New Funding Boosts North Shore Homelessness Efforts

August 24, 2022

More than $860,000 in additional federal and provincial Safe Restart funding awarded this summer will help enhance the new people-centred regional programs and services that have been offering support to people experiencing homelessness across the North Shore since last year.

Administered by the Union of B.C. Municipalities, the Strengthening Communities’ Services grant will fund Indigenous outreach, hygiene facilities, temporary shelters, staffing, training and various other services delivered through the cross-jurisdictional North Shore Partnership to improve the health and safety of people on the North Shore who are without shelter. 

The partnership includes Sḵwx̱wú7mesh Úxwumixw (Squamish) Nation, səlilwətaɬ (Tsleil-Waututh) Nation, North Vancouver City Library, Lookout Housing and Health Society, North Shore Neighbourhood House, the City of North Vancouver, District of North Vancouver and District of West Vancouver.

The partnership began providing services in fall 2021 with $1.97-million in Safe Restart funding from the provincial and federal governments, and a delivery model that focuses on meeting people where they are, building relationships, and providing culturally-appropriate programs and services.

The funding top-up will support the continuation of initiatives in place such as:

  • An Urban Indigenous Outreach Team delivered through a partnership between Squamish Nation, Tsleil-Waututh Nation and Lookout Housing and Health Society, with dedicated outreach and cultural support workers.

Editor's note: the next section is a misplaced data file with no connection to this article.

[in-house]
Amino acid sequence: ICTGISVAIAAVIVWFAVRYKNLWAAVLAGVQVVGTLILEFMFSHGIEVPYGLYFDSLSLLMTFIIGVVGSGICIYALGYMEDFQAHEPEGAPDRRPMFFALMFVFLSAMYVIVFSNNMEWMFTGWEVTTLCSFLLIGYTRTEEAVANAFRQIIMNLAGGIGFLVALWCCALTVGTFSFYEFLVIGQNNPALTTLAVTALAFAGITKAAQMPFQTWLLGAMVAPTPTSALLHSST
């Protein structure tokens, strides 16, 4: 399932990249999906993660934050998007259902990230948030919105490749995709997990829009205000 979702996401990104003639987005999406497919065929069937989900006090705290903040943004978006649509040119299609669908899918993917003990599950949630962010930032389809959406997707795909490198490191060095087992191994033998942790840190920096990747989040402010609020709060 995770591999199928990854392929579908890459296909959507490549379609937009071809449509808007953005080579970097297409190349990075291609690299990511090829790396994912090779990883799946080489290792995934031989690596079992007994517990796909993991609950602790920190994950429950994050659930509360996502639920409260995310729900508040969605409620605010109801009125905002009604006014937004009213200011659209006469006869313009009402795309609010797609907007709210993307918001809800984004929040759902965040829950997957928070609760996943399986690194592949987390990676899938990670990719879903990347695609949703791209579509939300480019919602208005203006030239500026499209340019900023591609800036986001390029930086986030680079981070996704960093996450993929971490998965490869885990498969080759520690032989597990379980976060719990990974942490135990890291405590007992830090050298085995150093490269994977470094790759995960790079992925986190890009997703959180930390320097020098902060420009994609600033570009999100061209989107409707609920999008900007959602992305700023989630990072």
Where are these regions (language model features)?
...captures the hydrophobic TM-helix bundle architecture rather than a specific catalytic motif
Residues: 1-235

• An Outreach and Services Team delivered by Lookout Housing and Health Society, which includes staff who are equipped with basic hygiene and health supports and who provide access to services on a flexible basis, meeting people where they are at.
  • Fixed-location services including access to temporary shelter for individuals and families, the Open Door Community Hub at the North Vancouver City Library, enhanced shower programs at the John Braithwaite and West Vancouver Community Centres, and an extreme weather response program provided at North Shore Neighbourhood House.
  • Improved coordination, community engagement and training, including temporary staffing to oversee initiatives and training in culturally safe and trauma-informed responses for front-line staff.


COVID-19 had substantial negative impacts on people experiencing homelessness across the North Shore, as many of the services they relied on were not available. Although many facilities have re-opened, there has been a high demand for the new temporary supports implemented through the 2021 grant. Further, while many individuals experiencing homelessness are men, the number of women, seniors and families with children living unsheltered has been growing.

Most of the new funding will be dedicated to ensuring the partner organizations can continue to deliver the programs and outreach with positive outcomes. A smaller portion of the funds will fund municipal activities to support the transition of programs as facilities re-open.

The work is part of a larger coordinated focus on homelessness by the North Shore’s three municipalities and two First Nations to work closely together on priority actions intended to prevent homelessness, better serve those experiencing homelessness, and create pathways out of homelessness.